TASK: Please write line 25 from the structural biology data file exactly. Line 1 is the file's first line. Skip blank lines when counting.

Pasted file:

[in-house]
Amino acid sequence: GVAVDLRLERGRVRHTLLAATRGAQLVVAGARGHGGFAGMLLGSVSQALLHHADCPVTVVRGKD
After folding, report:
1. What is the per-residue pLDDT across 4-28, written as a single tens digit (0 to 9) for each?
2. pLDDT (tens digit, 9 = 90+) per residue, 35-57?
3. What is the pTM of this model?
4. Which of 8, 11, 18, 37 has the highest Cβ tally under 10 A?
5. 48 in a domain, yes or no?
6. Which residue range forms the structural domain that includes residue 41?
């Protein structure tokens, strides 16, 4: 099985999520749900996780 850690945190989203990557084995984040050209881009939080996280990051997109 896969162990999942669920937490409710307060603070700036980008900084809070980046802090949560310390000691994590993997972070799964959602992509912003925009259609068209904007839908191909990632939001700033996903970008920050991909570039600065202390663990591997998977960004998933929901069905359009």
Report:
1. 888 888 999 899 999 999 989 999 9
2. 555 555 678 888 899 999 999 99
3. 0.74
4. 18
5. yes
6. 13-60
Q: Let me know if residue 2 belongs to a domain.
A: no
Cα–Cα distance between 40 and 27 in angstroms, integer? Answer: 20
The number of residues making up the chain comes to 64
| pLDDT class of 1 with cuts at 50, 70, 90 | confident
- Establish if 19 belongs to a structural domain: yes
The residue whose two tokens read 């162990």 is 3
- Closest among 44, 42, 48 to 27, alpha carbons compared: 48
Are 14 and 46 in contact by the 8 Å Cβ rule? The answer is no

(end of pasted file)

- Closest among 44, 42, 48 to 27, alpha carbons compared: 48